Later during a random walk through RV city, beverage in hand, I encountered others worth remembering.  The three “liquidly-enhanced” amigos in Chick-fil-a Cow costumes; one burly fellow lumbering through the 80-degree day in Viking horns and hides; a chap riding a motorized beer cooler.  I observed dozens of the obligatory cornhole games, two pole-dancing stands (G-rated), hundreds of lawn chair lawyers, at least two professional BBQ cooking teams with sophisticated grille rigs with sinks, one generator-powered 96” TV, and a life-sized female inflatable doll, swimming with her “date” in a kiddy pool.  But no troublemakers.  Just a lot of “individuals” making a good case for relaxation.

Oh, and there were those pesky cars, zipping around the track, fans parked in lawn chairs at strategic dangerous turns hoping a driver that might down-shift too slowly and lose some minor accessories, like, oh, say tires, or transmissions.  The constant decibel level at these track-side viewing areas was intense, something I liken to a high-pitched chain saw revving full throttle a foot from my ear.

But when the weekend was finally over Saturday evening, and the hundreds of thousands began to pack up and orderly stream out, I realized that even though I had not actually “accomplished” anything, I did have a surprising sense of mental well being.  My stress level was abnormally low.  And in retrospect I recognized that Steve, Dallas, the Cow Boys, and even the professional racers and pit crew, all had one thing in common.  They had all taken a break and taken part in something that filled some unnamed void, whether it registered on the value meter or not.

Not sure if I will make another Sebring, but I made some new friends and gathered some new memories and maybe learned how to slow down a little bit, even if no goals were met.  Maybe between now and next year I can learn to do balloon animals.  That would make Dilly-Dally proud.


Father’s Day @ 9,000 Feet

Terry Wilson and I are not related, share no common blood, friends, life skills, or job interests. We do share the fact that we were once married to the same woman (not at the same time)…and one other critical thing. We share, along with Mary Beth, an uncommonly common bond.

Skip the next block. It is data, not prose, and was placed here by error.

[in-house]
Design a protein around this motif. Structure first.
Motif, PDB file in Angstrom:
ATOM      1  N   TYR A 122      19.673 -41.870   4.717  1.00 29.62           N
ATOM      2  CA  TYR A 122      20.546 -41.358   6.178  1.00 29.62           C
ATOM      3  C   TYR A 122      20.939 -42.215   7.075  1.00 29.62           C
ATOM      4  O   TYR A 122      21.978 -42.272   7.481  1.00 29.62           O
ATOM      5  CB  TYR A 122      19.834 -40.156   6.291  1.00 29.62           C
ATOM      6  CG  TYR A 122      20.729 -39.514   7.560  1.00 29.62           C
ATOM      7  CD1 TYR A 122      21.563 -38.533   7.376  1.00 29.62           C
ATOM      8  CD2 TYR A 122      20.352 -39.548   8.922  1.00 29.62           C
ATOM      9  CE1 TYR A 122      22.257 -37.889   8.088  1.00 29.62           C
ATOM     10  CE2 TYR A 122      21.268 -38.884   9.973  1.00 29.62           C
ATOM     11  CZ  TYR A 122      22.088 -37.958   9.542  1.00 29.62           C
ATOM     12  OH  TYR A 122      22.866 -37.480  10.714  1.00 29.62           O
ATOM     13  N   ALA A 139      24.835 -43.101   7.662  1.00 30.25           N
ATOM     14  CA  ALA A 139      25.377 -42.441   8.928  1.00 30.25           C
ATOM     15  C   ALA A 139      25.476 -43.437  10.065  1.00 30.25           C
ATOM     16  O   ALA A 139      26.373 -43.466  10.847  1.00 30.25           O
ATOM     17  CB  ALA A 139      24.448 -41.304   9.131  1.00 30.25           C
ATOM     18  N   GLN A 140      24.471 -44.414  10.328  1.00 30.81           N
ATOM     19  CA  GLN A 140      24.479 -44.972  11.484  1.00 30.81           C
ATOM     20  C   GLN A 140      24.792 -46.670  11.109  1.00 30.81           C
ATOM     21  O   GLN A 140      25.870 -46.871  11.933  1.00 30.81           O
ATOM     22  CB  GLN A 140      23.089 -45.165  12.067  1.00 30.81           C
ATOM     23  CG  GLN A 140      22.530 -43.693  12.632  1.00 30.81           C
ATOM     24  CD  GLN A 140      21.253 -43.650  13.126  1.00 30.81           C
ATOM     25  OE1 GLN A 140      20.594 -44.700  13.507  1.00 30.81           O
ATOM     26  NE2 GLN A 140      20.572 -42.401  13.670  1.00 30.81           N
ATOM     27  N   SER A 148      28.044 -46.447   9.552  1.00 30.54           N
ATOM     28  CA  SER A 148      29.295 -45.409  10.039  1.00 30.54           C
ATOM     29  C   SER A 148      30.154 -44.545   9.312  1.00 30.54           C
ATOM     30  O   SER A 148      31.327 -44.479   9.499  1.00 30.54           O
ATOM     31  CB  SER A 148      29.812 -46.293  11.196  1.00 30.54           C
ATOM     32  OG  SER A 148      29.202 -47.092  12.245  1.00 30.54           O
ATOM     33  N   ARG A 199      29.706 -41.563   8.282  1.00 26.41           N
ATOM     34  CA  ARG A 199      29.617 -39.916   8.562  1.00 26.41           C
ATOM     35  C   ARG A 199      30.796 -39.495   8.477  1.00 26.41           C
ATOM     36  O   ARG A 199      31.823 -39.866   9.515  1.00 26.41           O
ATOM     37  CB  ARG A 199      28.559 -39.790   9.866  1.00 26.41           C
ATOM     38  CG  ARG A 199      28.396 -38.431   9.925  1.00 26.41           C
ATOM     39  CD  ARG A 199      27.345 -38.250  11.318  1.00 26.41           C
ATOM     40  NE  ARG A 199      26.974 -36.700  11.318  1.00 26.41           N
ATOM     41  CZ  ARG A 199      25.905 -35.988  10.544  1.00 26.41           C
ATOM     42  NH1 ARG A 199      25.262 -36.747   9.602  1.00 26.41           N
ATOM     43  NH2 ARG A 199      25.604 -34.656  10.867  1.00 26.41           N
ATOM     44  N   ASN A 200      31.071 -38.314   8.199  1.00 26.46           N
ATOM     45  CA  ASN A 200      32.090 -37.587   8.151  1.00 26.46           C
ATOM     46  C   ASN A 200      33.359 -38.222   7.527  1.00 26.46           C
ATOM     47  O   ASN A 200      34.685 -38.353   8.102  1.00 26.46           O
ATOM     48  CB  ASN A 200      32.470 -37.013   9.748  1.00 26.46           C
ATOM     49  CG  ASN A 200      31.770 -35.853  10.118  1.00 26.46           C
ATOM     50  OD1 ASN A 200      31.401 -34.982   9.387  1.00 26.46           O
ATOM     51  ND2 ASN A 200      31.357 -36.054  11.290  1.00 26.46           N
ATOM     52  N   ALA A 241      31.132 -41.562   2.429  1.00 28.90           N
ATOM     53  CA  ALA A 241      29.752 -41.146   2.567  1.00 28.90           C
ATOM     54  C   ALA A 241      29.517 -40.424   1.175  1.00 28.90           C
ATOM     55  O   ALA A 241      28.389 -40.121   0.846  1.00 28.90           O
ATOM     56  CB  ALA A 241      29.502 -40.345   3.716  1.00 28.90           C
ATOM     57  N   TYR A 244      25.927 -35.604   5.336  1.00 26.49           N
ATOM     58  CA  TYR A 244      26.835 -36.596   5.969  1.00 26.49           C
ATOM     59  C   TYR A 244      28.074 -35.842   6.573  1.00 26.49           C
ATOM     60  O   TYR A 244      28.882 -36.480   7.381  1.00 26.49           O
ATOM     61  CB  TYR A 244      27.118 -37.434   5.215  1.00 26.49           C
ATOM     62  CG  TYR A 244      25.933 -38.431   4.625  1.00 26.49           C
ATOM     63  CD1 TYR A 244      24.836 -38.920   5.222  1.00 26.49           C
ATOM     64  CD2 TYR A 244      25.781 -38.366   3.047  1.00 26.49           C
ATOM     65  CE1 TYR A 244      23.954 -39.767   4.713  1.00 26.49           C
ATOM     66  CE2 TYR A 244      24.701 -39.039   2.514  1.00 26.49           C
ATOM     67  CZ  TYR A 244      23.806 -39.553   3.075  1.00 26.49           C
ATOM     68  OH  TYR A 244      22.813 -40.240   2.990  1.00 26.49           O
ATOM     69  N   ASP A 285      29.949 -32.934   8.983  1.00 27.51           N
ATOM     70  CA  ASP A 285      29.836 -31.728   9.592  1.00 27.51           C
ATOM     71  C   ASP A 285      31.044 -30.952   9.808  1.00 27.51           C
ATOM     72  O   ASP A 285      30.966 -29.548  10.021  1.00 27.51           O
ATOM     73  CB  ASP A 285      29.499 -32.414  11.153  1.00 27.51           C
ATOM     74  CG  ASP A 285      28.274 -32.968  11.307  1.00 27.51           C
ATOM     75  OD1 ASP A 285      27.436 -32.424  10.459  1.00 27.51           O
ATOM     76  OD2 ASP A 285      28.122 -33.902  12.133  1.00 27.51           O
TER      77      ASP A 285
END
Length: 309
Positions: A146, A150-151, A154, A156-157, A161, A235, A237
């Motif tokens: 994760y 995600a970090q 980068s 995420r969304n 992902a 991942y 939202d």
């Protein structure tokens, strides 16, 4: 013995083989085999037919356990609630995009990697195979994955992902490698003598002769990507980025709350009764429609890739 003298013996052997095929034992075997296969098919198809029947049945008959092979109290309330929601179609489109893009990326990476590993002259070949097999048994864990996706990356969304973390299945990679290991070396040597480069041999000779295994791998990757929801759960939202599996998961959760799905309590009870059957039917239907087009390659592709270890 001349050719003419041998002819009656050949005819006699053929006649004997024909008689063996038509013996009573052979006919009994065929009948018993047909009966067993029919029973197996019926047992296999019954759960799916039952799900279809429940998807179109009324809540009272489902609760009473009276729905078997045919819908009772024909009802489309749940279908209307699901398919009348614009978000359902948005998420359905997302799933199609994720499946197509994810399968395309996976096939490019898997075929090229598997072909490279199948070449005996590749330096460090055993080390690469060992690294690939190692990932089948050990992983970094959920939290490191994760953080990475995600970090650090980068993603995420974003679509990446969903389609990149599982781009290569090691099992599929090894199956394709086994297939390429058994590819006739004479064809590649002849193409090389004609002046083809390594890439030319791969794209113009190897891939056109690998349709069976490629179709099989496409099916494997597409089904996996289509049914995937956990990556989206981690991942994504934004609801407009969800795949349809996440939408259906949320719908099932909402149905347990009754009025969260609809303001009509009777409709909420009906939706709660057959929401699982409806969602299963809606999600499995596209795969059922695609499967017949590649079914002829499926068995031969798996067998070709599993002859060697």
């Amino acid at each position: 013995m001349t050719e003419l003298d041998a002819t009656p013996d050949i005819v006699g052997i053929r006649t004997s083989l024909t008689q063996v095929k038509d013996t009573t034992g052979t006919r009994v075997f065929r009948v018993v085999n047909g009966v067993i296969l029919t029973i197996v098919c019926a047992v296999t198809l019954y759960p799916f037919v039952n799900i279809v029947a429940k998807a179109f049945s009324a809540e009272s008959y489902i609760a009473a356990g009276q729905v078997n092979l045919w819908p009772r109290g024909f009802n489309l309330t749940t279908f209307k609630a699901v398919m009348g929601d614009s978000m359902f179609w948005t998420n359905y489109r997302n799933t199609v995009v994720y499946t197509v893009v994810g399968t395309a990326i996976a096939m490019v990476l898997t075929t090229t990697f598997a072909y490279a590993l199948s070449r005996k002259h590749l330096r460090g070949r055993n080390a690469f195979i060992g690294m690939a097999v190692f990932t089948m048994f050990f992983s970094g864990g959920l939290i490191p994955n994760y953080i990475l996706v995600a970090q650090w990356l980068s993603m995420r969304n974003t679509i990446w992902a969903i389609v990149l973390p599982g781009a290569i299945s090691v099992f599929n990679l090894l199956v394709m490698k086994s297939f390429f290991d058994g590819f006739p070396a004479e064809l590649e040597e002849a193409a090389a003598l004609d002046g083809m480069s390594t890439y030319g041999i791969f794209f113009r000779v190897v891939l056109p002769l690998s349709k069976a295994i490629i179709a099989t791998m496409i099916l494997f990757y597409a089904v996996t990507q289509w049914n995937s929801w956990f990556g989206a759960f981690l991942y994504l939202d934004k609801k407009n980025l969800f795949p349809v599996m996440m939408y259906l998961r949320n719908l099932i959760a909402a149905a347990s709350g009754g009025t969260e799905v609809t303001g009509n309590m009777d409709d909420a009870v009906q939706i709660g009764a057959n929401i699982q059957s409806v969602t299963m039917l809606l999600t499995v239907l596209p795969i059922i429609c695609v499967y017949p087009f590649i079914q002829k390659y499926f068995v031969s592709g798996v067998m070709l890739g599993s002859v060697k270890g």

We share daughters.

It came to light as I contemplated the lunacy of jumping 9,000 feet to my certain death.  Well, not actually certain death…the previous hundreds before me that attempted skydiving had never discovered that sudden, breath-taking impact. They all survived. And so would I, I concluded, while I waited in the terminal (inappropriate choice of words I think) for my time to come…my first skydive. A gift from my daughter and step-daughters for Father’s Day.

What happened to the time-worn tradition of a gaudy tie and a hug? Or maybe just a casual dinner with goofy cards?  I encouraged them to be creative but this was outside the lines.

Layne is my birth daughter. Tiffany and Hailey are Terry’s birth daughters, who became my step-daughters by marriage. We all know the differences, yet the heart forgets and takes it own course. All three girls became full sisters in heart and mind, and remain so today.

So today, here we all were, blood and not, celebrating Father’s Day with Terry and Ray. We shared the father-feast with Elmer, Tiffany’s husband, and granddaughters Lily and Rosalie. And with Tom, Hailey’s soon-to-be hubby who would later father grandson Finn.

It was a good excuse to gather. My eventual plunge headfirst into open air from 9,000 feet, dropping like a rock toward the patchwork of verdant fields below, was literally a leap of faith. It defies the natural senses to look down, see nothing but a mile and a half of open air…and then step out anyway. The knowledge that I was plummeting toward the earth at 62.4 feet-per-second was exhilarating. Then at 6,000 feet, feeling the reassuring “catch” of the parachute as it responded to my tug on the rip cord… that was exhilarating. And as Mike (my tandem coach) and I glided down, using the guide lines to perform several 360’s, challenging my stomach to keep the faith, the thrill of the gentle descent through clean country air at dusk was part peaceful and part exhilaration as well.

But as I glided closer and closer to the landing zone, my extended family waiting and cheering and laughing and videotaping every goofy move, I found a strange exhilaration that was un-related to physics or gravity or the environment, but rather of the pure joy of the moment.

My skydive was without a doubt a “high” point in my life.  Certainly part of it was the actual plunge from a perfectly good airplane.  But most of my emotional high originated and ended at ground zero, as I realized how my daughters had planned, organized, coordinated, participated in, and paid for such a luxury.  The thought was original and a little bizarre, the picnic spread impeccably planned, and the cumulative party one for my mental highlight reels.

But I measured the success of the entire day as I quietly observed the entire group, gathering, hugging, laughing, sharing, living the moment. It was quite spellbinding. I watched an un-choreographed dynamics of beautiful daughters, step-daughters, grand-daughters, amazingly original sons-in-law, even ex-husbands of ex-wives, all bonding in one mass of laughter and joy, forsaking all parts past for the joy of parts present and the promise of parts future.

I know the day was not entirely mine.  I caught Terry several times beaming with paternal pride. And Elmer’s shared joy, with two perfect daughters of his own, was clearly equal to ours.  But I did realize a virtual “high” on this day I may never be able to adequately describe.